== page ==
Opelika-Auburn News Keeps Digging Into Two-Year College Finances

As someone who first saw his name on a newspaper article more than 50 years ago I still appreciate when an industrious reporter, backed wholeheartedly by their employer, keeps digging and digging.,  It’s something that doesn’t happen that much these days because everyone is into instant gratification, not in-depth news.

(I can think of no better example than the fascination Donald Trump apparently has with Twitter.)

Reporter Meagan Hurley of the Opelika-Auburn News has been digging relentlessly for several months after news surfaced that the community college system planned to merge schools headquartered in Alexander City, Opelika and Phenix City.  This was unwelcome news for many folks, especially supporters of Southern Union College.

So Meagan started asking questions, looking at financial info and making requests for documentation through the Freedom of Information Act.  This is the latest in her series.

Titled Two-year college system chief of staff paid more than $500k since 2014, here is some of what she reported.

“The man who now serves as the Alabama Community College System board of trustees’ chief of staff has been paid more than half a million dollars for his services since 2014, records show.

Jimmy Baker, a former lobbyist for the state’s two-year college system who was named its chief of staff this year, was compensated approximately $384,000 by Calhoun and Enterprise community colleges in 2014 and 2015, according to contracts he held with the schools for professional and governmental consulting services.

Baker has been paid $121,875 by the system office since Jan. 27 as the board’s chief of staff.

His consulting contracts compensation and his current salary combined total $505,875.”

She goes into detail about various contracts this system has for governmental affairs services.

Obviously there are some folks who do not appreciate this kind of journalistic diligence.  But the public is well-served when we have it.

 

 

One Response to Opelika-Auburn News Keeps Digging Into Two-Year College Finances

  1. I hear what you’re saying but this paper hasn’t been known for “afflicting the comfortable” and otherwise questioning local power structures. They still seem generous to Mike Hubbard for instance – perhaps because Opelika’s Mayor and an Auburn councilman-banker were among those vouching for the Graftmaster at his sentencing.

    Heck, they won’t even pass on what other papers turn up. It’s crickets on a reporter at the Birmingham News recently revealing State Senator Tom Whatley was among the politicians treated to a few days up at a swanky Ashville spa and resort courtesy of the Alabama Lenders Association. His frequent travels off and spending from his campaign accounts would be some rather easy investigative reporting in fact.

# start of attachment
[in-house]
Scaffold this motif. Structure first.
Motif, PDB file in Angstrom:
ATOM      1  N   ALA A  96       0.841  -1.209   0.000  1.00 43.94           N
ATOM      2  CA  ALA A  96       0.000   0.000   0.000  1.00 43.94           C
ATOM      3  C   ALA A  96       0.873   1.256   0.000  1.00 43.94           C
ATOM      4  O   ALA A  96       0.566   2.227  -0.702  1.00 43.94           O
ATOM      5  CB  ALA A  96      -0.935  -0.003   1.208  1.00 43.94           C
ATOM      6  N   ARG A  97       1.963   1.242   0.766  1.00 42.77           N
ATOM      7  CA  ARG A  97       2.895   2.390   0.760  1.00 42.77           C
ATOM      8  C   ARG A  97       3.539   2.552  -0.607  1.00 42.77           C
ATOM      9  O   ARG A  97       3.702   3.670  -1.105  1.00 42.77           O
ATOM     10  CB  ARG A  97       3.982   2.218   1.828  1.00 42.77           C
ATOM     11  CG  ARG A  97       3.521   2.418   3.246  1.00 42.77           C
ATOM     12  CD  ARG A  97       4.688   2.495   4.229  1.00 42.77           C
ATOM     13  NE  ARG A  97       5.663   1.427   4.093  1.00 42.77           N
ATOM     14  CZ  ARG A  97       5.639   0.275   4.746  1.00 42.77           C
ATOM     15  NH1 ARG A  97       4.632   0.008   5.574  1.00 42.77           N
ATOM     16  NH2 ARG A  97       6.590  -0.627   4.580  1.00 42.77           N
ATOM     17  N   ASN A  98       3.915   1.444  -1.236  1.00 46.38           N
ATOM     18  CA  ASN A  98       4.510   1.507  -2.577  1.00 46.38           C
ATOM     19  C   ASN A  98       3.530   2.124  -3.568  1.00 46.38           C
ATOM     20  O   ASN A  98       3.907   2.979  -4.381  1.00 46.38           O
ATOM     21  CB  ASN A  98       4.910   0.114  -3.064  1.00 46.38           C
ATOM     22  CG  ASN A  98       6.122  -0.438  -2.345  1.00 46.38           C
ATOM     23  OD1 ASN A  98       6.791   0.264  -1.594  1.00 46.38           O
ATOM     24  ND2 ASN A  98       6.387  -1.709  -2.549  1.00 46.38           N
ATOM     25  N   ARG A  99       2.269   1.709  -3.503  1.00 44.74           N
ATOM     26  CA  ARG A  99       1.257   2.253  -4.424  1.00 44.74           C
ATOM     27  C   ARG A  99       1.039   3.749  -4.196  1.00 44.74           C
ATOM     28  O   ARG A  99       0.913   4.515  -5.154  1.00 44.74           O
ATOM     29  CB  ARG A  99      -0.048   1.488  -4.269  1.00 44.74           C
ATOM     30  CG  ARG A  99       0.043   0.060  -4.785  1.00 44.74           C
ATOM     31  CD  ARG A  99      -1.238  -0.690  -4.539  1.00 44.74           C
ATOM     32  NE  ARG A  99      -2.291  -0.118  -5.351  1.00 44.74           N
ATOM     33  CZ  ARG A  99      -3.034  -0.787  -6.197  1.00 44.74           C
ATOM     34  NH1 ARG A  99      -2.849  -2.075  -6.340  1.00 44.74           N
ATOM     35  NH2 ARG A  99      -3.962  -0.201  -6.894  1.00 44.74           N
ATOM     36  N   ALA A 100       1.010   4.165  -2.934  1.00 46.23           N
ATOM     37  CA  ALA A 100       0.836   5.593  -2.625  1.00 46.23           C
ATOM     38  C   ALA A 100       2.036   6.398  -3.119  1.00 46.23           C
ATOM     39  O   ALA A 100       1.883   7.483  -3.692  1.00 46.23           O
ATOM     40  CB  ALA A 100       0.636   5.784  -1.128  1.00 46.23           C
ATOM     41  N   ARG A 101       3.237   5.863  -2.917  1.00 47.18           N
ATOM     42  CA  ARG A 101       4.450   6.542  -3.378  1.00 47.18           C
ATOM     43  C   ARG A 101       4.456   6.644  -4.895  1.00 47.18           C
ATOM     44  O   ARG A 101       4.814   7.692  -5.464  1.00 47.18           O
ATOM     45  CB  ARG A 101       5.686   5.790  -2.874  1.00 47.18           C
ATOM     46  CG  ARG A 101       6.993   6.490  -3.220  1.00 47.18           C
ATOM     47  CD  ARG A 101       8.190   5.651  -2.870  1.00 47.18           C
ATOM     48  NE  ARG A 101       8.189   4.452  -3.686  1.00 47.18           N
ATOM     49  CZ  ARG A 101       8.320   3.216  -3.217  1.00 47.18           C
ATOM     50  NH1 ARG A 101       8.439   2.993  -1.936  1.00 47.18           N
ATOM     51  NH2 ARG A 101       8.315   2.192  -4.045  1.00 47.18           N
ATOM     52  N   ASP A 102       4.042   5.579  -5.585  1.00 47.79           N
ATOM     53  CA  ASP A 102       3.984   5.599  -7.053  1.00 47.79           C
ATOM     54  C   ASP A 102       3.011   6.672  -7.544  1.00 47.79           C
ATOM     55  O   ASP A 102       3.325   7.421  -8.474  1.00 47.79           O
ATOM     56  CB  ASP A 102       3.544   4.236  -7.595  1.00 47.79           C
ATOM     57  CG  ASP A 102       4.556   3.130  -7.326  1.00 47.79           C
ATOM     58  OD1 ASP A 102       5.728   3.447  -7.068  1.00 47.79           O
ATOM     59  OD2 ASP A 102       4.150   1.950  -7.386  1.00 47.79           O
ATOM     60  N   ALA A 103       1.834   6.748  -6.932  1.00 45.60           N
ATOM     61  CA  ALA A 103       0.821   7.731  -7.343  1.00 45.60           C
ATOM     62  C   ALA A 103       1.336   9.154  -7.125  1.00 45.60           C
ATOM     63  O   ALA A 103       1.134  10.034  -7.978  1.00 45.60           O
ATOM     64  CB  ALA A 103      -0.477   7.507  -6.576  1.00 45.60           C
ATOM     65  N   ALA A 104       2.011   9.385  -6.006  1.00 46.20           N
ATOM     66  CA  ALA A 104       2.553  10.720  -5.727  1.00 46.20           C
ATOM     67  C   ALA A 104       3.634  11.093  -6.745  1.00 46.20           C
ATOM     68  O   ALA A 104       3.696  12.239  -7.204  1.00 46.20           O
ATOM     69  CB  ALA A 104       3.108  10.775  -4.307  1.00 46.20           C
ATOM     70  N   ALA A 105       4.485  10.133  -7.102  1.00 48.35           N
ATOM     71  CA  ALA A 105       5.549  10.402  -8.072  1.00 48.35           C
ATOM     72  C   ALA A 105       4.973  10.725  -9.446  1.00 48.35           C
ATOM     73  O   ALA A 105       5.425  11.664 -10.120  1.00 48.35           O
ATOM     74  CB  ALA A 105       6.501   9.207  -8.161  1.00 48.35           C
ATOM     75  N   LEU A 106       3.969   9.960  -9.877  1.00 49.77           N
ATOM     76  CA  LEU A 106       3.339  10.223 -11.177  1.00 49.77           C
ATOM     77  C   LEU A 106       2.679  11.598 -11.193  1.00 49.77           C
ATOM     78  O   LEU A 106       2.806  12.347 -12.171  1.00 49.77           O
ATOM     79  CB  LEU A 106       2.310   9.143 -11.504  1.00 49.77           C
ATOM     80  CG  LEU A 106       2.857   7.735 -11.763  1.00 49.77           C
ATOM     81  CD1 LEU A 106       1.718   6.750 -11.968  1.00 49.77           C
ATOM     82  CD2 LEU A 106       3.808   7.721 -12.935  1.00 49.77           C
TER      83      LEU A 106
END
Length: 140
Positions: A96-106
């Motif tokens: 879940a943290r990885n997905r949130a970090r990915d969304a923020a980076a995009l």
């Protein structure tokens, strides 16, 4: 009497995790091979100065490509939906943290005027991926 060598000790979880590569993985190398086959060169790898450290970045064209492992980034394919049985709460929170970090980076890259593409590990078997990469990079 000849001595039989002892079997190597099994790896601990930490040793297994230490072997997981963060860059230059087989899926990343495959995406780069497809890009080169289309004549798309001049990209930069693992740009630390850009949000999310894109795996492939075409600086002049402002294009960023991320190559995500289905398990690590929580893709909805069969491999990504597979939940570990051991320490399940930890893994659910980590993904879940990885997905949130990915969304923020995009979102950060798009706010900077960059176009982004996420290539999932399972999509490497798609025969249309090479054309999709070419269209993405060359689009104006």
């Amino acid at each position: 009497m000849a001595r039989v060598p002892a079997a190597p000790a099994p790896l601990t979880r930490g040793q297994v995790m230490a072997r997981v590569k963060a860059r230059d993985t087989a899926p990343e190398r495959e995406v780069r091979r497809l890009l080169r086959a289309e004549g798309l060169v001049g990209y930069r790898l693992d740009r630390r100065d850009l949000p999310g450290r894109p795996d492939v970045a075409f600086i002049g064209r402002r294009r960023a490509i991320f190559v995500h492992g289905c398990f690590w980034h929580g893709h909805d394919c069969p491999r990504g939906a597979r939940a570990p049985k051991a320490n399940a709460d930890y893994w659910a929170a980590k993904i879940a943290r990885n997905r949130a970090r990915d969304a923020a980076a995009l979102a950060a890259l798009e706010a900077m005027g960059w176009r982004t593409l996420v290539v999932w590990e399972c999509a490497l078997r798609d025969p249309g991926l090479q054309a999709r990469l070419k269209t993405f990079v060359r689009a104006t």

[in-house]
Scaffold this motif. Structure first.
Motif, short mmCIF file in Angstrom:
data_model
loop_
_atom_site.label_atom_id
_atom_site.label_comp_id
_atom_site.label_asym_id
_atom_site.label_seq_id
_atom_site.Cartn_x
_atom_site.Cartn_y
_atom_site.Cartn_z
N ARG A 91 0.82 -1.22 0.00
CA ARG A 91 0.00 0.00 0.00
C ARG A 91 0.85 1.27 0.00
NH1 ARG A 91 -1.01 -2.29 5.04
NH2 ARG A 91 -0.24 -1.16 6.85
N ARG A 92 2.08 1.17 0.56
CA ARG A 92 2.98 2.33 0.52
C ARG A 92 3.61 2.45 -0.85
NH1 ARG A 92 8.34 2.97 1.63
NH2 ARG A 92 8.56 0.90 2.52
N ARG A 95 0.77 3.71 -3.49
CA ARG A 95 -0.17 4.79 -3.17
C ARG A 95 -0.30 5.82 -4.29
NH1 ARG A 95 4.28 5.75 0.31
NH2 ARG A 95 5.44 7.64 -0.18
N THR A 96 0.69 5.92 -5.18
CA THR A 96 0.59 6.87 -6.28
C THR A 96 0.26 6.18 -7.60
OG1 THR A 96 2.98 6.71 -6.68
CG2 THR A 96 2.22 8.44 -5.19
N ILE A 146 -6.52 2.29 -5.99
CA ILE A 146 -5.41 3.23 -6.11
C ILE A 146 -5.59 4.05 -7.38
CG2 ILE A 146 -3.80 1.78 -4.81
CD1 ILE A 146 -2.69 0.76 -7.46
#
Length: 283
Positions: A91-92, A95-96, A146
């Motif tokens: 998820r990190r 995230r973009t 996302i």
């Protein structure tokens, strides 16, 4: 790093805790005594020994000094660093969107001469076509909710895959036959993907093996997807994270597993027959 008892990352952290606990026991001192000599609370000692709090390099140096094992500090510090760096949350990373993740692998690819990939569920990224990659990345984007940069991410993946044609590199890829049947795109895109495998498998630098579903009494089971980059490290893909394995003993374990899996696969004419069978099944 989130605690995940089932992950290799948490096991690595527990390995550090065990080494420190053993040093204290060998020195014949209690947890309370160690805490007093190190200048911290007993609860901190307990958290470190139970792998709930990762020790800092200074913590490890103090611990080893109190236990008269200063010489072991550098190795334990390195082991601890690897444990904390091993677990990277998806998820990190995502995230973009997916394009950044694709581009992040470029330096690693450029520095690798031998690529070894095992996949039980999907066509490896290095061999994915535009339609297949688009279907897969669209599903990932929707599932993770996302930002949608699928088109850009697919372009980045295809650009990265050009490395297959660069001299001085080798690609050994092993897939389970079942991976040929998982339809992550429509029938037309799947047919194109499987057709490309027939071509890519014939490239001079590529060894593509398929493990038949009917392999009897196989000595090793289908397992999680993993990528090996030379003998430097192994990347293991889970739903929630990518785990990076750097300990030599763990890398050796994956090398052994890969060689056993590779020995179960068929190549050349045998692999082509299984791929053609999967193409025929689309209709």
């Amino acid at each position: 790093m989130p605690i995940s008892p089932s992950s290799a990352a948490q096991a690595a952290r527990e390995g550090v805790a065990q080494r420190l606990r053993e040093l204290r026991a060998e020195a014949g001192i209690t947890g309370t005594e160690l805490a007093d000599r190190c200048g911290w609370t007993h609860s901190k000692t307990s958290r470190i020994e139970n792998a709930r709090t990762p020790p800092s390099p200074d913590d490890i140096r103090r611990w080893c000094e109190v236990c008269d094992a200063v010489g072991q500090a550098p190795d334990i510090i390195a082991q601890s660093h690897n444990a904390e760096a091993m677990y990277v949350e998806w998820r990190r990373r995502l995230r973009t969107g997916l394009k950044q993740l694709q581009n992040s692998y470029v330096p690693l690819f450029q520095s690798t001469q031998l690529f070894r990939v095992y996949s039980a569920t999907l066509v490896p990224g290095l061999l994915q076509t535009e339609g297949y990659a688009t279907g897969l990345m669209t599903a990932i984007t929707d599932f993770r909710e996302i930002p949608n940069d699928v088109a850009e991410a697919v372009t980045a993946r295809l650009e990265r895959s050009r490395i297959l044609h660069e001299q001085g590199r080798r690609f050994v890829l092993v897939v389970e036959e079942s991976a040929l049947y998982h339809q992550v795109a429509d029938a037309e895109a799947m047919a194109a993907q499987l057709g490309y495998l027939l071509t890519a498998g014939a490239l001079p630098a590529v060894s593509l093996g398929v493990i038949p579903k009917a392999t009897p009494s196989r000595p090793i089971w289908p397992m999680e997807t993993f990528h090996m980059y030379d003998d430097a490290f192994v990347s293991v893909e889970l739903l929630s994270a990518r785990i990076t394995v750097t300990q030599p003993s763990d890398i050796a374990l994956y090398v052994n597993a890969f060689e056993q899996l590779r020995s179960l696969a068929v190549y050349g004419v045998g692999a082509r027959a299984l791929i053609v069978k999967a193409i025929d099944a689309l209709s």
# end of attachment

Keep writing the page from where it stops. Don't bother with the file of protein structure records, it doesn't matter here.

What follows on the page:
The Advertiser did a good piece a year or so ago on shenanigans around Auburn football tickets available for some folks despite the normal procedures and my recollection is that the Opelika-Auburn News also ignored or just did some vague “we hope …” response. The paper (and the AU Plainsman as well) also wouldn’t touch how Dr. Gogue apparently intervened about Mike Hubbard’s employment status with IMG’s sports information management.

    All I’m offering is that in this instance we clearly have a situation where local power isn’t happy. Thus, this paper is willing to do the work. On this matter, it’s safe and actual pleases power for a reporter to root around and raise questions for the paper’s readers. Otherwise, I’d submit the paper would ignore, explain away, etc.

    To be fair, I’m of the opinion that most media outlets avoid angering certain powerful interests and otherwise prop up or at least legitimate existing power. Chomsky and Herman’s “propaganda theory” holds up I believe and we also know it’s been a brutal few years of media consolidation and other changes in the news business.

    Advertising revenue from AU, local municipalities, real estate, retail … will be impacted if certain rocks start being turned over. That revenue pays for reporters but I’d submit that this paper would rarely, if ever, loosen them on those interests keeping the doors open. Management will generally play it safe.

    Again, I hear what you’re offering and can celebrate this demonstration of good investigative reporting. It’s just hard for this local located in Auburn to see it done in this instance and avoided on other matters.